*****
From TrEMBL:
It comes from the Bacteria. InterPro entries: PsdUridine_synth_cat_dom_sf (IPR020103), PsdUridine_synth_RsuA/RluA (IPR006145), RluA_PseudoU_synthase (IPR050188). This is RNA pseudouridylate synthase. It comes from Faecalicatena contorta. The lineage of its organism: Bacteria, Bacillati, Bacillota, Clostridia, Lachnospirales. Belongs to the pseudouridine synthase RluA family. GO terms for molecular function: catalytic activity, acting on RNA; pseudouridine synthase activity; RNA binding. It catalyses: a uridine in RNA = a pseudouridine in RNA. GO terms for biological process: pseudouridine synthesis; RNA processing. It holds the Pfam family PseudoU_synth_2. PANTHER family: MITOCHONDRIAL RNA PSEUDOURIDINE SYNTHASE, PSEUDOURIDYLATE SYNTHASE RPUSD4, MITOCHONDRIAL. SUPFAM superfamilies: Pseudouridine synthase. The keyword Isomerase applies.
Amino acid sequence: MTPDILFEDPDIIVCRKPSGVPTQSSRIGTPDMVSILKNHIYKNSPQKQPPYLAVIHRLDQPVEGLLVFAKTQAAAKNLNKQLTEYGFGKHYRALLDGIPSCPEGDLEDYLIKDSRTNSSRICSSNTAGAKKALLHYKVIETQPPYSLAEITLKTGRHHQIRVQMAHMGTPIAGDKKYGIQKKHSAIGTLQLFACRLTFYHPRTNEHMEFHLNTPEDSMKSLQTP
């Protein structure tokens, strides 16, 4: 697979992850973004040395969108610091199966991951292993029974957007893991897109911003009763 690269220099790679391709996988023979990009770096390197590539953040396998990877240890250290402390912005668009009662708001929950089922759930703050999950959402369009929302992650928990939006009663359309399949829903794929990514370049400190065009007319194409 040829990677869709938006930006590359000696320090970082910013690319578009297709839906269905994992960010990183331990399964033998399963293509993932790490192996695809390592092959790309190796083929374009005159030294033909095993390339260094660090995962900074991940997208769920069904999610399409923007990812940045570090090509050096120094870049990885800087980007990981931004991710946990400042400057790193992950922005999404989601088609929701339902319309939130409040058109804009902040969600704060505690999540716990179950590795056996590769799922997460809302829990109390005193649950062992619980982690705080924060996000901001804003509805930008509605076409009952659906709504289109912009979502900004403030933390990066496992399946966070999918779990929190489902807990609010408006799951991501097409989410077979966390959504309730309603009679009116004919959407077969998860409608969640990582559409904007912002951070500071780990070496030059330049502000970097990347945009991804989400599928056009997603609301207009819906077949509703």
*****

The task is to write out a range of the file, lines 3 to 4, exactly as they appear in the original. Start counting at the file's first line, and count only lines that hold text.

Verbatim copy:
Amino acid sequence: MTPDILFEDPDIIVCRKPSGVPTQSSRIGTPDMVSILKNHIYKNSPQKQPPYLAVIHRLDQPVEGLLVFAKTQAAAKNLNKQLTEYGFGKHYRALLDGIPSCPEGDLEDYLIKDSRTNSSRICSSNTAGAKKALLHYKVIETQPPYSLAEITLKTGRHHQIRVQMAHMGTPIAGDKKYGIQKKHSAIGTLQLFACRLTFYHPRTNEHMEFHLNTPEDSMKSLQTP
């Protein structure tokens, strides 16, 4: 697979992850973004040395969108610091199966991951292993029974957007893991897109911003009763 690269220099790679391709996988023979990009770096390197590539953040396998990877240890250290402390912005668009009662708001929950089922759930703050999950959402369009929302992650928990939006009663359309399949829903794929990514370049400190065009007319194409 040829990677869709938006930006590359000696320090970082910013690319578009297709839906269905994992960010990183331990399964033998399963293509993932790490192996695809390592092959790309190796083929374009005159030294033909095993390339260094660090995962900074991940997208769920069904999610399409923007990812940045570090090509050096120094870049990885800087980007990981931004991710946990400042400057790193992950922005999404989601088609929701339902319309939130409040058109804009902040969600704060505690999540716990179950590795056996590769799922997460809302829990109390005193649950062992619980982690705080924060996000901001804003509805930008509605076409009952659906709504289109912009979502900004403030933390990066496992399946966070999918779990929190489902807990609010408006799951991501097409989410077979966390959504309730309603009679009116004919959407077969998860409608969640990582559409904007912002951070500071780990070496030059330049502000970097990347945009991804989400599928056009997603609301207009819906077949509703």